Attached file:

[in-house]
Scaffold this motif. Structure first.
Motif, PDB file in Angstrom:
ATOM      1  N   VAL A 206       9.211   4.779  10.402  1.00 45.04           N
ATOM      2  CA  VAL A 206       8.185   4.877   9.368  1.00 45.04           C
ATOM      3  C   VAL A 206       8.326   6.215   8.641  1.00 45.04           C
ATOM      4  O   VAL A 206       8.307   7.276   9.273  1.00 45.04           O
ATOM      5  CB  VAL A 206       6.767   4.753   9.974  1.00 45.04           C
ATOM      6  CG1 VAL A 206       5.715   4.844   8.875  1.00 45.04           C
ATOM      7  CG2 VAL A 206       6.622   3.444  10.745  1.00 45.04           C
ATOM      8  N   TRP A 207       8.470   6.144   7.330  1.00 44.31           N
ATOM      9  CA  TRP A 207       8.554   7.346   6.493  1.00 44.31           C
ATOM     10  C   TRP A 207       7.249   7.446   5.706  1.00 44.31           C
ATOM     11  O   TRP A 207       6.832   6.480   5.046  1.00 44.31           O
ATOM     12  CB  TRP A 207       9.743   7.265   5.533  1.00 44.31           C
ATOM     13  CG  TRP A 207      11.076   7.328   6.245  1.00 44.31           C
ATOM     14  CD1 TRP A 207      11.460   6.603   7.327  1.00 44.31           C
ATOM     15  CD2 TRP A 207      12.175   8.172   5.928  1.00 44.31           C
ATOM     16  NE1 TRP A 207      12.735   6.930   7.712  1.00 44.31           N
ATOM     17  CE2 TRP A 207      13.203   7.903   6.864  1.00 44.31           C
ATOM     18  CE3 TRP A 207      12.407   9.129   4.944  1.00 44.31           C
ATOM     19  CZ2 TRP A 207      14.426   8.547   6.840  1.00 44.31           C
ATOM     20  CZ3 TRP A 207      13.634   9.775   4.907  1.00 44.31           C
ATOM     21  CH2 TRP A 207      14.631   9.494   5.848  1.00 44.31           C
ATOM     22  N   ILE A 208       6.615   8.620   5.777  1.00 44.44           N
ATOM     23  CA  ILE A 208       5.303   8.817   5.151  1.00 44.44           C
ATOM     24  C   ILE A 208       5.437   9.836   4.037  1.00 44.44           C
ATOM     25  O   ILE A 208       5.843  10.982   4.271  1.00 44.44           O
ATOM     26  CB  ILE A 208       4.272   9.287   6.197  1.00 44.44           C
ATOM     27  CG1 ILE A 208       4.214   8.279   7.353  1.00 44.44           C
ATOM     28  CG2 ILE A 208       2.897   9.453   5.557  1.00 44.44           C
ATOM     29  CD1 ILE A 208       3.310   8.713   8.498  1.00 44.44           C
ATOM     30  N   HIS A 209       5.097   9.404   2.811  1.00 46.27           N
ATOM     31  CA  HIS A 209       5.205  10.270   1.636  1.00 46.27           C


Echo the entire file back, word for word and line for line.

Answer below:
[in-house]
Scaffold this motif. Structure first.
Motif, PDB file in Angstrom:
ATOM      1  N   VAL A 206       9.211   4.779  10.402  1.00 45.04           N
ATOM      2  CA  VAL A 206       8.185   4.877   9.368  1.00 45.04           C
ATOM      3  C   VAL A 206       8.326   6.215   8.641  1.00 45.04           C
ATOM      4  O   VAL A 206       8.307   7.276   9.273  1.00 45.04           O
ATOM      5  CB  VAL A 206       6.767   4.753   9.974  1.00 45.04           C
ATOM      6  CG1 VAL A 206       5.715   4.844   8.875  1.00 45.04           C
ATOM      7  CG2 VAL A 206       6.622   3.444  10.745  1.00 45.04           C
ATOM      8  N   TRP A 207       8.470   6.144   7.330  1.00 44.31           N
ATOM      9  CA  TRP A 207       8.554   7.346   6.493  1.00 44.31           C
ATOM     10  C   TRP A 207       7.249   7.446   5.706  1.00 44.31           C
ATOM     11  O   TRP A 207       6.832   6.480   5.046  1.00 44.31           O
ATOM     12  CB  TRP A 207       9.743   7.265   5.533  1.00 44.31           C
ATOM     13  CG  TRP A 207      11.076   7.328   6.245  1.00 44.31           C
ATOM     14  CD1 TRP A 207      11.460   6.603   7.327  1.00 44.31           C
ATOM     15  CD2 TRP A 207      12.175   8.172   5.928  1.00 44.31           C
ATOM     16  NE1 TRP A 207      12.735   6.930   7.712  1.00 44.31           N
ATOM     17  CE2 TRP A 207      13.203   7.903   6.864  1.00 44.31           C
ATOM     18  CE3 TRP A 207      12.407   9.129   4.944  1.00 44.31           C
ATOM     19  CZ2 TRP A 207      14.426   8.547   6.840  1.00 44.31           C
ATOM     20  CZ3 TRP A 207      13.634   9.775   4.907  1.00 44.31           C
ATOM     21  CH2 TRP A 207      14.631   9.494   5.848  1.00 44.31           C
ATOM     22  N   ILE A 208       6.615   8.620   5.777  1.00 44.44           N
ATOM     23  CA  ILE A 208       5.303   8.817   5.151  1.00 44.44           C
ATOM     24  C   ILE A 208       5.437   9.836   4.037  1.00 44.44           C
ATOM     25  O   ILE A 208       5.843  10.982   4.271  1.00 44.44           O
ATOM     26  CB  ILE A 208       4.272   9.287   6.197  1.00 44.44           C
ATOM     27  CG1 ILE A 208       4.214   8.279   7.353  1.00 44.44           C
ATOM     28  CG2 ILE A 208       2.897   9.453   5.557  1.00 44.44           C
ATOM     29  CD1 ILE A 208       3.310   8.713   8.498  1.00 44.44           C
ATOM     30  N   HIS A 209       5.097   9.404   2.811  1.00 46.27           N
ATOM     31  CA  HIS A 209       5.205  10.270   1.636  1.00 46.27           C